How to financially plan for life after marriage

Ending a marriage can lead to significant financial and emotional turmoil. Ideally, Pennsylvania residents who are in this position will address the potential financial changes that a divorce can bring head on. This means taking a look at how much money they are making as well as what a person's expenses are after the marriage ends. It can also be worthwhile to account for paying off some or all of joint debt accrued with a former spouse.

In some cases, creditors can come after a person for joint debts even if he or she didn't know about them. To prevent surprise claims, individuals can obtain and review copies of their credit reports. Consulting with a financial adviser can make it easier to develop savings targets and find ways to increase retirement savings. In a divorce, individuals may lose some or all of their retirement assets, which can make replenishing a 401(k) a top priority.

What is a Durable Health Care Power of Attorney?

Life comes with unexpected twists and turns which is why it is crucial that you plan for the unknown. For example, you may experience a medical emergency where you cannot make your own health care decisions. For most people, they want to decide who will make these choices for them and designate an agent through a durable health care power of attorney. If you do not designate an agent, the law will appoint an agent according to default surrogate consent laws. If you want to take control and bypass these laws, you should know your options before you put your wishes down on paper. 

Why women are the main initiators of divorce

Women are typically known for being relationship-oriented and more focused on settling down with a marriage partner than their male counterparts. Although there are plenty of gray areas to this, men are conversely known for their hesitancy with commitment. However, when couples do get married, studies have shown that it is the woman who is more likely to initiate a divorce nearly 70 percent of the time.

Why does this happen? While there are countless reasons why two people would get married, there are also many reasons why couples divorce. Research psychologist have gathered information that upholds the notion of women feeling unhappy in their marriages more than their husbands. The men report feeling troubled about their wife's marital dissatisfaction but somewhat okay about the state of the marriage in general.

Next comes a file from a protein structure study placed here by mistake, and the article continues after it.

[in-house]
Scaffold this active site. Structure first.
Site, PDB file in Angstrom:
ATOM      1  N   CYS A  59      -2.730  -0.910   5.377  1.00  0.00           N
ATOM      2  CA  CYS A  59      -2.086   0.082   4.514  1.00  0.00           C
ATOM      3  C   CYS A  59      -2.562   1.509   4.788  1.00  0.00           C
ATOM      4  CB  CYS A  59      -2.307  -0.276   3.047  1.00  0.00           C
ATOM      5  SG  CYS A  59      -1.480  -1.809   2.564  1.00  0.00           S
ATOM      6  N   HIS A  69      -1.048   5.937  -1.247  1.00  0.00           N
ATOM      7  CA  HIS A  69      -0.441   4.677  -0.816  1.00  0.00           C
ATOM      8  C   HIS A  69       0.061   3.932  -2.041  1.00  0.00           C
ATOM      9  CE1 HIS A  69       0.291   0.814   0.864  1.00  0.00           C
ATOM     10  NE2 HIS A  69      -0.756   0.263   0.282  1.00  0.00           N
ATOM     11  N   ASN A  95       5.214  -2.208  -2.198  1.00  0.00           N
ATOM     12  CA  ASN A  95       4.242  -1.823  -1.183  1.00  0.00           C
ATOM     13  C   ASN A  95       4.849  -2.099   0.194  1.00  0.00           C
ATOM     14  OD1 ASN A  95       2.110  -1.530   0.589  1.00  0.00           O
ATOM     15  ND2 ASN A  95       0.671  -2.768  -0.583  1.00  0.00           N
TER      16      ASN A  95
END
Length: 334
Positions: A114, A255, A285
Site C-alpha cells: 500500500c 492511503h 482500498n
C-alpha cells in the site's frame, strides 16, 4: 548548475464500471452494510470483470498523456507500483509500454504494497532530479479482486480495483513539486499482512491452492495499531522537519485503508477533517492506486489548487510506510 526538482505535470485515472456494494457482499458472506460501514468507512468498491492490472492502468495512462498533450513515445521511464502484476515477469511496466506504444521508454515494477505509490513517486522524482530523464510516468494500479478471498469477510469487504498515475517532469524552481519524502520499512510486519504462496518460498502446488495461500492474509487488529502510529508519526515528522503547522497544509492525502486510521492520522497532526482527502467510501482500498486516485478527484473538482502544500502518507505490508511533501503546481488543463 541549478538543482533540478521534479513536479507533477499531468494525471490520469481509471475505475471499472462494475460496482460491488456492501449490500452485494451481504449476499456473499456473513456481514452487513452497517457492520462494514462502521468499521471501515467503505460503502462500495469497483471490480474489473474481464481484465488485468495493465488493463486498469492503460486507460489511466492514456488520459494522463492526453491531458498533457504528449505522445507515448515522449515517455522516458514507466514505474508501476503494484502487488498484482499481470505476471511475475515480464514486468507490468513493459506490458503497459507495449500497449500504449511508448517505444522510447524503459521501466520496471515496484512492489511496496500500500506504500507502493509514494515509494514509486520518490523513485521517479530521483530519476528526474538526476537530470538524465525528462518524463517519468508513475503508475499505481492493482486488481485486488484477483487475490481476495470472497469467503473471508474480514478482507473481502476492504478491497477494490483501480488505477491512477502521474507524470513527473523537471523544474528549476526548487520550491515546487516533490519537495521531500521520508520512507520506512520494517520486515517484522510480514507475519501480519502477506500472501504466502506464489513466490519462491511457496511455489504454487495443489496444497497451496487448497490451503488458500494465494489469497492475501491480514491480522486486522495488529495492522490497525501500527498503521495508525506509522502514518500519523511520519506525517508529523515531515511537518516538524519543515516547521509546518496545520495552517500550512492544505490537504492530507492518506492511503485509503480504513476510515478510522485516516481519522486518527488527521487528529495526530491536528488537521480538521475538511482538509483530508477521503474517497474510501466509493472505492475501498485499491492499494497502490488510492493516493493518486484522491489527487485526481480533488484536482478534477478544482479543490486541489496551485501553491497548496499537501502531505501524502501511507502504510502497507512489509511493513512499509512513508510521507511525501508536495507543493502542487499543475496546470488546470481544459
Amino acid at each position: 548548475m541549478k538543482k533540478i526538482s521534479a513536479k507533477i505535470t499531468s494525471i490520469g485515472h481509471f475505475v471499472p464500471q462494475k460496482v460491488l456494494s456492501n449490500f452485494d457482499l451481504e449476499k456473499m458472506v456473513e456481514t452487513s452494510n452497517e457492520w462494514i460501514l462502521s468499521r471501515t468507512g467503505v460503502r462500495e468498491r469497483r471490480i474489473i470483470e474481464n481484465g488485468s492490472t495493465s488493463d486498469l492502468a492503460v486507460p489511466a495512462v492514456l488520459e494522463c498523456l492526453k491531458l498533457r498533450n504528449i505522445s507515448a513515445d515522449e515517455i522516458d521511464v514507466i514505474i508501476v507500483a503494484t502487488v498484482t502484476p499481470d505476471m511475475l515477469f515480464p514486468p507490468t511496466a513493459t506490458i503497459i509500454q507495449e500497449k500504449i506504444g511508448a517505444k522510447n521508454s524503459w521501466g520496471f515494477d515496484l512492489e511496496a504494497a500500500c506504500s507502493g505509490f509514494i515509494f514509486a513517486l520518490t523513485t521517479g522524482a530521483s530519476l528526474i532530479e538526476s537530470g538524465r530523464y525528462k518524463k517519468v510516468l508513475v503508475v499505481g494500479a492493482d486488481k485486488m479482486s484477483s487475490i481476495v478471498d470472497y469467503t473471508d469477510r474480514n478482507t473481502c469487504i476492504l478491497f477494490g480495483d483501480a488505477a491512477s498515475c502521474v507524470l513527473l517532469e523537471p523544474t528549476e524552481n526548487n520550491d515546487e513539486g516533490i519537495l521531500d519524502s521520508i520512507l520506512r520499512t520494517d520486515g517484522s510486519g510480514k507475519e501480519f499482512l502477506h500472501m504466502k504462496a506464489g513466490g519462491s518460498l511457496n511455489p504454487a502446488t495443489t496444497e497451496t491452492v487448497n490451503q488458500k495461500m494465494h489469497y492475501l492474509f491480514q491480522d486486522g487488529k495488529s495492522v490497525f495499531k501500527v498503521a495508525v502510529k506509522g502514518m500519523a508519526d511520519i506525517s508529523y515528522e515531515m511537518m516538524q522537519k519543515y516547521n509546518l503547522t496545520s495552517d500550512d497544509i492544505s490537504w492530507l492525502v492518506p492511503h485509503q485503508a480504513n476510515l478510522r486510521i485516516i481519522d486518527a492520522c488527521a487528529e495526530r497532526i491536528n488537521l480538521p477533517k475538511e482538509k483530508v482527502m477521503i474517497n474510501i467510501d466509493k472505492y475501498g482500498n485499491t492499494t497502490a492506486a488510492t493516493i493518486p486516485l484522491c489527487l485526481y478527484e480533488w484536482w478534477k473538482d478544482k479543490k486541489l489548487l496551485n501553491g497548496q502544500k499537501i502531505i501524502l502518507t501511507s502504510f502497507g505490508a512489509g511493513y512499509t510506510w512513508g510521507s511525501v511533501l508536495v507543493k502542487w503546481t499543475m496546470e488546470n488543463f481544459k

Creating an estate plan that family members understand

Some people in Pennsylvania who have a will might want to think about whether additional documentation could be useful in their estate plan. Wills and other estate planning documents can cause conflict between family members, but often this is because they do not understand the rationale behind the plan. However, there are ways to convey this rationale to loved ones.

The first step is to make a list of all assets, their value and their beneficiaries. No asset is too small or insignificant: In one case, a brother and sister spent over $750,000 in legal fees arguing over a father's surfboard. Next, a person should write a letter of intent. This explains the reasons behind the decisions made in the estate plan and may head off any claims by family members that the person's intentions are not reflected in the plan.

We look forward to helping resolve your legal issues.

Call 866-343-8555 today to arrange a confidential consultation with an experienced lawyer at our firm. Or, if you prefer, complete the brief online form.

Bold labels are required.

Contact Information
disclaimer.

The use of the Internet or this form for communication with the firm or any individual member of the firm does not establish an attorney-client relationship. Confidential or time-sensitive information should not be sent through this form.

close

Privacy Policy

Bononi & Company, P.C.
20 N Pennsylvania Avenue
Suite 201
Greensburg, PA 15601

Toll Free: 866-343-8555
Phone: 724-972-4180
Fax: 724-836-0370
Greensburg Law Office Map

Review Us Google Map
Email Us For A Response